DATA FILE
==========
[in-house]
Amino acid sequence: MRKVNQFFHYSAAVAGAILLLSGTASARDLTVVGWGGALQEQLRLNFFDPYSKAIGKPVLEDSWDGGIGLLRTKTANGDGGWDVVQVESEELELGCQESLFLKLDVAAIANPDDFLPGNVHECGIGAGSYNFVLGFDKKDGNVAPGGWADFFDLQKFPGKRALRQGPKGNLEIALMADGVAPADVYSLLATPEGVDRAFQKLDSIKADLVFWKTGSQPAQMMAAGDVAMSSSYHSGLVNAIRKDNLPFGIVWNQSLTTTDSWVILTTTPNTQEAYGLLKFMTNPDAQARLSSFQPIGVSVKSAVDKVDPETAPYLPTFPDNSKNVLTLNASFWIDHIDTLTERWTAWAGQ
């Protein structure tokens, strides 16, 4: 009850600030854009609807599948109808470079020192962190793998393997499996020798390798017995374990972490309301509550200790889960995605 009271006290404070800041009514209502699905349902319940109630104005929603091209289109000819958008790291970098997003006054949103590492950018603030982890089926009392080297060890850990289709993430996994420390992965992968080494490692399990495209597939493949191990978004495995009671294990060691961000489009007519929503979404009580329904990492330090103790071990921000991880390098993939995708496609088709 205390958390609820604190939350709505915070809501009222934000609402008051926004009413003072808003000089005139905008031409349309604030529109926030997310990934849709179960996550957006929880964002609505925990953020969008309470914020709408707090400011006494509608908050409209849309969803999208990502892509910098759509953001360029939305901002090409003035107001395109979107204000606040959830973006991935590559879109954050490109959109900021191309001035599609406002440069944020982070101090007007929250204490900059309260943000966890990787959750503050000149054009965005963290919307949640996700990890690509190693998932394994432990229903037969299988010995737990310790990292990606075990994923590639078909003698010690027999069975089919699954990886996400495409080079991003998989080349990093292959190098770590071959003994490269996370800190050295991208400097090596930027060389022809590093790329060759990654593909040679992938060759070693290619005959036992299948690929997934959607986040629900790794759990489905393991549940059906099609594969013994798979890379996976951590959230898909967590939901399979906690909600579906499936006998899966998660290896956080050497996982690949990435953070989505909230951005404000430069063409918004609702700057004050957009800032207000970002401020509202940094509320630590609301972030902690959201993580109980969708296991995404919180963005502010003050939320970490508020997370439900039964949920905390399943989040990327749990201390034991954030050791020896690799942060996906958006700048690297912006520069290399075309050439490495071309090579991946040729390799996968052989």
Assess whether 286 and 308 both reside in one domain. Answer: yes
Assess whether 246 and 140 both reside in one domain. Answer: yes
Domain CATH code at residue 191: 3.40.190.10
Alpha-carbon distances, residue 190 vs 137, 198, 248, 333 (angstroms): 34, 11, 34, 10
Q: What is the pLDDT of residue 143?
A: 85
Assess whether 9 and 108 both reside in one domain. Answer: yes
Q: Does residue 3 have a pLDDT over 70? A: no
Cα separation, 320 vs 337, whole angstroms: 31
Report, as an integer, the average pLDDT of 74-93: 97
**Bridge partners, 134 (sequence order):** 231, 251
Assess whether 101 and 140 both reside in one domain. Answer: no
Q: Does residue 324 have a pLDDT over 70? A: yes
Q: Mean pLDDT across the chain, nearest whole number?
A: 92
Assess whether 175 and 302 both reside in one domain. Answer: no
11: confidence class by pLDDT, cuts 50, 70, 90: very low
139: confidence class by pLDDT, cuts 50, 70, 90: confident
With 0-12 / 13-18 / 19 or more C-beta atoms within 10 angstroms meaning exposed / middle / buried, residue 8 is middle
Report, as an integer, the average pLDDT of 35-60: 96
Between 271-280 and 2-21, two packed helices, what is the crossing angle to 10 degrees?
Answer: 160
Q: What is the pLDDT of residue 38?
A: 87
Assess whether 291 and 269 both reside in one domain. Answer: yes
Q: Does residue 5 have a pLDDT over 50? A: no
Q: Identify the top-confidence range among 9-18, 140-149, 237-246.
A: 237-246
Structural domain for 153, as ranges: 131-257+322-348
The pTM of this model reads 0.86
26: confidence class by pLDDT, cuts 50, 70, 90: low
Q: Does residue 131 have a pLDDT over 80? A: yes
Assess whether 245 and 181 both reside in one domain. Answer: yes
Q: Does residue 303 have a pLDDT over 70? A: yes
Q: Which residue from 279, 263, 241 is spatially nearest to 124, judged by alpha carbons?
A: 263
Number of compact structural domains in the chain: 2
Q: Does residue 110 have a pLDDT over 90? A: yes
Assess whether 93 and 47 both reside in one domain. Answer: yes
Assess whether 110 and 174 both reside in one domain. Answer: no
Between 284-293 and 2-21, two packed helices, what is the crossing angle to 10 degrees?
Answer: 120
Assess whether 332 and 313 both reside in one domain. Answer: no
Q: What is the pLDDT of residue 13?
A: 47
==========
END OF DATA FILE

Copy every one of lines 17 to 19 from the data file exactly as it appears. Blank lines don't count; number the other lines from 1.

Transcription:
Q: Mean pLDDT across the chain, nearest whole number?
A: 92
Assess whether 175 and 302 both reside in one domain. Answer: no